Starring Alicia Vikander, Walton Goggins, Dominic West, Daniel Wu and Kristin Scott Thomas. Screenplay by Geneva Robertson-Dworet and Alistair Siddons. Directed by Roar Uthaug. 

Lord almighty I never thought I’d be looking back fondly on the original Tomb Raider movies, a dopey duo of early aughts adventures proving mainly that Hollywood never could quite figure out how to handle Angelina Jolie. Her slyly ridiculous sex appeal should have been a no-brainer for video game vixen Lara Croft, packing two enormous pistols in her trademark cargo shorts, bodaciously bouncing her way through booby-trapped archeological anomalies. If anyone involved had known what they were doing these movies could have been millennial Barbarellas.

Alas, all I can recall from the second film is a somewhat promising opening sequence in which Angelina punches a shark in the nose. Of the first I remember even less, save for cackling at the sight of three pubescent boys walking funny on their way out of the auditorium and wishing I had enjoyed the movie as much as they obviously did. But because we live in an age when every last scrap of intellectual property must be constantly regurgitated and recycled, here’s another Tomb Raider whether you asked for one or not.

Based upon what I am told is a recent “gritty reboot” of the video game, our new Tomb Raider gets rid of the guns and gazongas for a sort of plucky, female empowerment saga in which Alicia Vikander continues Jolie’s tradition of following up your Best Supporting Actress Oscar win by playing a digital avatar famous for having cartoonishly enormous tits. The new film, however, eschews any such male gaze objectification and takes Lara Croft desperately seriously as a sad orphan lass learning the hard way how to raid tombs. Like most “gritty reboots” following the Nolan-ization of genre cinema it vigorously avoids anything vaguely ridiculous or remotely fun and kinda just sits there feeling sorry for itself in the mud.

Lara cries for a while after having to kill one of her many assailants, drowning the dude in a puddle of shallow water and I wondered why we were stopping to mourn in the middle of a fucking video game movie. Joylessly directed by Roar Uthaug, the film settles into that weird late-1990s groove in which action pictures were entirely over-reliant on CGI but still trying to pretend they were doing practical stunts. It’s the worst of both worlds, at once “grounded” and laughably fake. Also it’s really boring.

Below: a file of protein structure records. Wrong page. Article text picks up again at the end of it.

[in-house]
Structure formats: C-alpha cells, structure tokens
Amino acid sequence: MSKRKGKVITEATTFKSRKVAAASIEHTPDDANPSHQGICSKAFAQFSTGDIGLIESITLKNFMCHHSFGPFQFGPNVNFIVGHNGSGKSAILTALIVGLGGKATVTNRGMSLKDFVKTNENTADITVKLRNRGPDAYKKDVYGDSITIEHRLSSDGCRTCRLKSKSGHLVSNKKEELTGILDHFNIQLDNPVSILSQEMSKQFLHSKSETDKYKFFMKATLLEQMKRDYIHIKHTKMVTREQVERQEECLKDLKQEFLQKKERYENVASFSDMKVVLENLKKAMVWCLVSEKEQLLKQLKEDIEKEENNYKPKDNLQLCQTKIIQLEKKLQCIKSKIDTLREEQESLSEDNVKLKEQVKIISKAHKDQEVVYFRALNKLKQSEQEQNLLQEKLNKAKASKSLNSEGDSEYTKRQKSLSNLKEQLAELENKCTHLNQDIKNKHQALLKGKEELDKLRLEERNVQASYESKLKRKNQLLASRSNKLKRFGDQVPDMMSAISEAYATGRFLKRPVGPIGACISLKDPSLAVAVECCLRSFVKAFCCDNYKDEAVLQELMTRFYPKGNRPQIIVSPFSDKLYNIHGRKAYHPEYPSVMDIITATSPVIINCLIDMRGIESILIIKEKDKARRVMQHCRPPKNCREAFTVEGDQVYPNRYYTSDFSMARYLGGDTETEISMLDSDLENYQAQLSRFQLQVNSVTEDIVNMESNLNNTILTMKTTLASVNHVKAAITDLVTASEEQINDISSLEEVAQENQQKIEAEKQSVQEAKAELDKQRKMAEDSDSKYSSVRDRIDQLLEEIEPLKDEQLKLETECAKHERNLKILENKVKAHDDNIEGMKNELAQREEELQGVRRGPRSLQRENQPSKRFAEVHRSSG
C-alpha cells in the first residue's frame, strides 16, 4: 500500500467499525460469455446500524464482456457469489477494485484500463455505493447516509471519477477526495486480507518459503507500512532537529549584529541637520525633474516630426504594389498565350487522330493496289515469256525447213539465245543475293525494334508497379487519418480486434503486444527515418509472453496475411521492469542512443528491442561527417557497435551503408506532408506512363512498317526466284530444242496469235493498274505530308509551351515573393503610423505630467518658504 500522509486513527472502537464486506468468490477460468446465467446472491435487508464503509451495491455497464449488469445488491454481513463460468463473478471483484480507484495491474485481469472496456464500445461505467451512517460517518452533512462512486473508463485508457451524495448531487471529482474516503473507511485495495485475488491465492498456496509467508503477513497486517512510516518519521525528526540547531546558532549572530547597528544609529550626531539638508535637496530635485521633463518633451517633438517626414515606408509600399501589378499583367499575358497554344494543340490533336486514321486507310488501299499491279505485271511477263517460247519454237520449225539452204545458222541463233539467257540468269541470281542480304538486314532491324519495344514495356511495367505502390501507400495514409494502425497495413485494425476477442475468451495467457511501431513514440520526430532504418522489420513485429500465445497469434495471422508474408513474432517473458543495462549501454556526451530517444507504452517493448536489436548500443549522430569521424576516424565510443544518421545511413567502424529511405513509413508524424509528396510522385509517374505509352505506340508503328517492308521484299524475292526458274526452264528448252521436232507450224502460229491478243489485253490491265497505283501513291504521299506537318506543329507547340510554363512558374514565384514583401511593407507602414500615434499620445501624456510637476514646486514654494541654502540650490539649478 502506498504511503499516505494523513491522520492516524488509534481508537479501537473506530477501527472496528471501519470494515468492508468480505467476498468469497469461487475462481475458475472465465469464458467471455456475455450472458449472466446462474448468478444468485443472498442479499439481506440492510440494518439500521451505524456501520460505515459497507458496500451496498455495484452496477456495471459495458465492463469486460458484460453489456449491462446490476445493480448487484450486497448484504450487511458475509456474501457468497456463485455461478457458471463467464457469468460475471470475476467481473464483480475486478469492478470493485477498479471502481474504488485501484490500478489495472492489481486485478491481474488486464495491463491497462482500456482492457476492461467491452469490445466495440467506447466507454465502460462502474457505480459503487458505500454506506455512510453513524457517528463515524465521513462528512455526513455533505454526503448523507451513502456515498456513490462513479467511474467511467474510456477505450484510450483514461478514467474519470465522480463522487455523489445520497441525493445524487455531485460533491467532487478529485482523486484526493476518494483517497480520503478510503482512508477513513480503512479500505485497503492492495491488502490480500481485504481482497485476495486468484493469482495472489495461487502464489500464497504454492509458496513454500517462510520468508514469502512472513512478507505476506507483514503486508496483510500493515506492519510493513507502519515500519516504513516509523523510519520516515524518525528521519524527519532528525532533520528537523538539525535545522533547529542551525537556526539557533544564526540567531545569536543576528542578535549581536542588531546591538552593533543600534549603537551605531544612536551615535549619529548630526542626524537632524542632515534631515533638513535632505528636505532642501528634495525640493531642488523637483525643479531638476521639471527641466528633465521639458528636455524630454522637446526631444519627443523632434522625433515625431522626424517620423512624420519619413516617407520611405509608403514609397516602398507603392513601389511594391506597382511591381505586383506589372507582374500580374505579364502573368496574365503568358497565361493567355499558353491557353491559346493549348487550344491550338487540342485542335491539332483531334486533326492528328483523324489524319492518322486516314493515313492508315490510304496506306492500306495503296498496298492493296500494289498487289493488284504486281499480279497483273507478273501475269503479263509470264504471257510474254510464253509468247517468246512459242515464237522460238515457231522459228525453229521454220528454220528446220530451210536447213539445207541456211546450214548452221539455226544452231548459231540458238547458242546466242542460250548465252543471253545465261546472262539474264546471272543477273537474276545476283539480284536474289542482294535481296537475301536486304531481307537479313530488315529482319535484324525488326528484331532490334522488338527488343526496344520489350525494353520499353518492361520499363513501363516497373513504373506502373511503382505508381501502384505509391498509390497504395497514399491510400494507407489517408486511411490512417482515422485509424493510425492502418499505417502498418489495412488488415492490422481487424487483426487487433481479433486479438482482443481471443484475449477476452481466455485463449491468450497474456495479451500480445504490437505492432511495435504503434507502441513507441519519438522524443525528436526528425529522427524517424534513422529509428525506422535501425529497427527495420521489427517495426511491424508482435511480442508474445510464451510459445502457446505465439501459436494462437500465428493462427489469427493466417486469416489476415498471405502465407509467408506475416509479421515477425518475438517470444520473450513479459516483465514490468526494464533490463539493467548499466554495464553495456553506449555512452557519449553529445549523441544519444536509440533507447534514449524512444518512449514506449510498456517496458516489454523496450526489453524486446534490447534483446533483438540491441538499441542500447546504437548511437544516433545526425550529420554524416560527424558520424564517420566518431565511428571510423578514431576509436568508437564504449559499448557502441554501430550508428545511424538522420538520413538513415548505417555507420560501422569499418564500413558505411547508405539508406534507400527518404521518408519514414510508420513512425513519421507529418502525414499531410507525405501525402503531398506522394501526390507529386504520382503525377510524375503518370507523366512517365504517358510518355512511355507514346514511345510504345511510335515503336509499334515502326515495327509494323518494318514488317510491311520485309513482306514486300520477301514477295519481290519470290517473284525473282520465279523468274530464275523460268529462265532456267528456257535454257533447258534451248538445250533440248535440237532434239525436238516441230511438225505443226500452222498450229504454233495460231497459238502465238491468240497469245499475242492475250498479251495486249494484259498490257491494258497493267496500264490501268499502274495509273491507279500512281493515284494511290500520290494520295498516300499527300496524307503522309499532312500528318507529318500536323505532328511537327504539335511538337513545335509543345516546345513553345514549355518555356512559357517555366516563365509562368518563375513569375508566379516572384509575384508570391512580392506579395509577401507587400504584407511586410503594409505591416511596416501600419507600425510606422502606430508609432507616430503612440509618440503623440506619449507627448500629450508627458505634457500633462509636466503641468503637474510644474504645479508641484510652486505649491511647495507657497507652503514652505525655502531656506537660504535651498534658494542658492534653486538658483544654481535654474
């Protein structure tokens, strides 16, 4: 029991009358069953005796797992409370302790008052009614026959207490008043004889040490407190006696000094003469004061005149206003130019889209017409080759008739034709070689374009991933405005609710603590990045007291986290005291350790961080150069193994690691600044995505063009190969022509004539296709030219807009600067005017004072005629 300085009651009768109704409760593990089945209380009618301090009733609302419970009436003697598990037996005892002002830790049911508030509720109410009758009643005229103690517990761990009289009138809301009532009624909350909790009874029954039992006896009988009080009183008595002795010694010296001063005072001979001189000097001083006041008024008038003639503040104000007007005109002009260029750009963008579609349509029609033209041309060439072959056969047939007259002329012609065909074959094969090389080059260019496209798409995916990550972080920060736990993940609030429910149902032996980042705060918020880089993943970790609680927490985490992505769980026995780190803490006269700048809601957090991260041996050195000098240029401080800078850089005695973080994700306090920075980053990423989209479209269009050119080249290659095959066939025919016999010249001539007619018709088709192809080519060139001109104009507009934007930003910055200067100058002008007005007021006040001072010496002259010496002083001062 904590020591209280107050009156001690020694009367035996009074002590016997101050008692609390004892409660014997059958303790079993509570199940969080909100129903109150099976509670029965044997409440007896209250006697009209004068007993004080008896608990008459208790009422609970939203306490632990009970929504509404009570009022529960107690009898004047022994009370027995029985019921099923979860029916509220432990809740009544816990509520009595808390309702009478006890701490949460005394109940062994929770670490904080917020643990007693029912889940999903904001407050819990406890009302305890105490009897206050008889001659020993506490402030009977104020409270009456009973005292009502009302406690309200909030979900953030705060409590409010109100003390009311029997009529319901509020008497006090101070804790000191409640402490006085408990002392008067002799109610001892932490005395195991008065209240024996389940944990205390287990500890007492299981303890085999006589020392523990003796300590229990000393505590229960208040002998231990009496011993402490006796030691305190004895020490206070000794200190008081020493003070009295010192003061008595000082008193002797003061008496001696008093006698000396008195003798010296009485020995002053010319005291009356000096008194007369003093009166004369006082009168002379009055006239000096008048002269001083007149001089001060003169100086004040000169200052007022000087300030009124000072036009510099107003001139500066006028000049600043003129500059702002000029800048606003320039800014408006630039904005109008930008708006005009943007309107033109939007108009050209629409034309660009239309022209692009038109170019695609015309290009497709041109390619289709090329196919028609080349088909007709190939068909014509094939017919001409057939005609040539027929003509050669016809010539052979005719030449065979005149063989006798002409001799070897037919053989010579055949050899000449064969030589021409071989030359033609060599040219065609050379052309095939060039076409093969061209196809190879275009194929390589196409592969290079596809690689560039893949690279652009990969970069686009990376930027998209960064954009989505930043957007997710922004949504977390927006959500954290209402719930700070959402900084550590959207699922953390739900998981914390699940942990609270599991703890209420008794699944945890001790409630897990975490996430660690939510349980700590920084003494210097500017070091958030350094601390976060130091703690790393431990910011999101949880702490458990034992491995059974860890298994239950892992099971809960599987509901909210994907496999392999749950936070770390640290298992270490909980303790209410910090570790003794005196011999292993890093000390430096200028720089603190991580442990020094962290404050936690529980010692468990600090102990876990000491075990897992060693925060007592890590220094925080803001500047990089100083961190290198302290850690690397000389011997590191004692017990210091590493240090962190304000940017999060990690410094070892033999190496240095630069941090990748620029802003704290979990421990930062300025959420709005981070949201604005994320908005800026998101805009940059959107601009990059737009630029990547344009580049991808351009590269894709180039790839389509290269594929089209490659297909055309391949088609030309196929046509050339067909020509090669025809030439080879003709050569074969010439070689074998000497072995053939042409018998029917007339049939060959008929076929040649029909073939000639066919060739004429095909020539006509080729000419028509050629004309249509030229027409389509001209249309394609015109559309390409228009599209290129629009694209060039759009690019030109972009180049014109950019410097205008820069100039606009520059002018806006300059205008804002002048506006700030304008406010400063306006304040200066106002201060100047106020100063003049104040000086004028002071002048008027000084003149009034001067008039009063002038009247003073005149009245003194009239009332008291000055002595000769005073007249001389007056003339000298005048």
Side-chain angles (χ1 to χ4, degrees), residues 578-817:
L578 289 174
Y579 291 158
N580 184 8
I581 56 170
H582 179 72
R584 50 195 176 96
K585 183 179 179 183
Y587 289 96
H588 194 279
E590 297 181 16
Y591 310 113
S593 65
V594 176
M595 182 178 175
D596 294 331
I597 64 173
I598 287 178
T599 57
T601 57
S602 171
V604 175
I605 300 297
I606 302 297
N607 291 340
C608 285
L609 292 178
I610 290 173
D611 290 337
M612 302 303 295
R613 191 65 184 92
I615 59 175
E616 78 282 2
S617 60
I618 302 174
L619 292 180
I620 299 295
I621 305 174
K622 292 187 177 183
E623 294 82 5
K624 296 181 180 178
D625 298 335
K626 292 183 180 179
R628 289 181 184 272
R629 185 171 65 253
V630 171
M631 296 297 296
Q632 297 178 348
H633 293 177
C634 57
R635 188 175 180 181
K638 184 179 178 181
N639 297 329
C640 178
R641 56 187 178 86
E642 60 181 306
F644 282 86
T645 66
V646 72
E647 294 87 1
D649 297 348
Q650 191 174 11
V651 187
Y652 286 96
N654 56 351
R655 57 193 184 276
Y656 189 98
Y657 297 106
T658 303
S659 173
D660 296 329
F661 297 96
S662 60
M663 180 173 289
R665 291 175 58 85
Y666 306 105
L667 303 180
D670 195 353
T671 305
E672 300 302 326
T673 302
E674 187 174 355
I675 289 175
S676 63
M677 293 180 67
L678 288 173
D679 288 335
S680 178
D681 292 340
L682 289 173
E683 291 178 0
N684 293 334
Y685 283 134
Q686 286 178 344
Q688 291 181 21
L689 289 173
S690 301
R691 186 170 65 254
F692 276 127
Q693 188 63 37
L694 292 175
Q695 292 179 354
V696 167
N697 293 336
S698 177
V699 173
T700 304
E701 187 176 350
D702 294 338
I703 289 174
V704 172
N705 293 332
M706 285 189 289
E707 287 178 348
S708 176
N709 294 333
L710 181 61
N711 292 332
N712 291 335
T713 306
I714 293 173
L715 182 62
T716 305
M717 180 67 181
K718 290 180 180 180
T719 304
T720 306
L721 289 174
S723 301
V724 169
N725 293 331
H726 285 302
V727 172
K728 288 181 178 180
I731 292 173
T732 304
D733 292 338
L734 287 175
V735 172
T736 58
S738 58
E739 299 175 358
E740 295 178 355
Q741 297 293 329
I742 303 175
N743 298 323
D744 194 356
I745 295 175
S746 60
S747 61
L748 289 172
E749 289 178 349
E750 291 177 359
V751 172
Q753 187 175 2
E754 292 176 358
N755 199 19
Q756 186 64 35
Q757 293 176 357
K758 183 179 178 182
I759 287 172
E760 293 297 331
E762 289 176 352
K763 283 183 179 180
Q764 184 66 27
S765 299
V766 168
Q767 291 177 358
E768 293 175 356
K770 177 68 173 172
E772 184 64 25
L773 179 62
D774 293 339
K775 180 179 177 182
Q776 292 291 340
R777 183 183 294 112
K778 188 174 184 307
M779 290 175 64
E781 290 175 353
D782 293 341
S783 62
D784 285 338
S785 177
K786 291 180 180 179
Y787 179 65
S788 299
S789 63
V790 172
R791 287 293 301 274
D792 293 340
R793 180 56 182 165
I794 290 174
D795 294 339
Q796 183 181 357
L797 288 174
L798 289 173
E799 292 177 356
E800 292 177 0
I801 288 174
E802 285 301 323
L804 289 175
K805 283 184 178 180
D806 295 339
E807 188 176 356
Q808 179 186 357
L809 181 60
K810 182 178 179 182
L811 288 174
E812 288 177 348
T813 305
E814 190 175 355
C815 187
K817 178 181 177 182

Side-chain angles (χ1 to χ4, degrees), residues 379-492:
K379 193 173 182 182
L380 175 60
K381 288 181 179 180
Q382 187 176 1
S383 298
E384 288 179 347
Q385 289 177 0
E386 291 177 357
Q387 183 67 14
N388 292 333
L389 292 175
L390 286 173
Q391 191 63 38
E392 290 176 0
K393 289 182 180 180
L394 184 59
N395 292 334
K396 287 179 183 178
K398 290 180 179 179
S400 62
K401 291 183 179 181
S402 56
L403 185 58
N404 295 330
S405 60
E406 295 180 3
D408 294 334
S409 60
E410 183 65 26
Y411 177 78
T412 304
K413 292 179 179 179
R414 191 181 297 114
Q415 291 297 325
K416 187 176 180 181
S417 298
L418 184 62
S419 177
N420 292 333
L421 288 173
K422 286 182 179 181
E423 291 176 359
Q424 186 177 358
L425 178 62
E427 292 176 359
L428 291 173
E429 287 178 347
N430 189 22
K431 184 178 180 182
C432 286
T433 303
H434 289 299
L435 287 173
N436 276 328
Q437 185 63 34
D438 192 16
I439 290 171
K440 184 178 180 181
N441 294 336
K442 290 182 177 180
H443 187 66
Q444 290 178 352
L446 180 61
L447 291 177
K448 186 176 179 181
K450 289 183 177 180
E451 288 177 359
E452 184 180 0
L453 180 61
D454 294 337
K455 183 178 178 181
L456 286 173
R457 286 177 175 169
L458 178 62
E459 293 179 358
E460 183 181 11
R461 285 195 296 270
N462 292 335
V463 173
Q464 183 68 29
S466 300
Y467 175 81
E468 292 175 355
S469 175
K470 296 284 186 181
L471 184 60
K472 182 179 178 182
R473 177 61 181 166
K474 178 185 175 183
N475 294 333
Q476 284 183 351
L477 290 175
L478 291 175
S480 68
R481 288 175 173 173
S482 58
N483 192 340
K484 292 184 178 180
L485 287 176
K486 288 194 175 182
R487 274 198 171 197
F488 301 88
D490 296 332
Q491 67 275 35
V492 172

Tomb Raider is almost entirely devoid of personality. Sure there are some stray sparks like an early, nicely staged bicycle chase through London’s streets or a drunken sidekick played by Hong Kong superstar Daniel Wu. But the former has nothing to do with the actual storyline and the latter has merely been tacked on for Chinese box office purposes, blandly standing off to the side and occasionally facilitating Vikander’s escapes from certain doom.

Shamelessly pilfering the plot of Indiana Jones And The Last Crusade, Lara uses her missing dad’s diary to chase down a fabled treasure he spent his life trying to keep out of the wrong hands. There are even scenes in which selected floor tiles fall away to reveal bottomless chasms, and through the catacombs Vikander runs away from a lot of small falling and rolling rocks, instead of one great big one. (As many other male critics like myself have caught hell for pointing out, the Tomb Raider franchise no longer has any interest in giant boulders.)

I suppose it’s all harmless enough, however uninteresting and uninspired. After an underwhelming climax the movie takes an awful lot of time setting up a sequel, which I suppose is inevitable unless this thing really tanks – in which case we’ll just wait a few years to see a new version starring another Academy Award winner. I do hope Saoirse Ronan has the good sense to stay away from this role.

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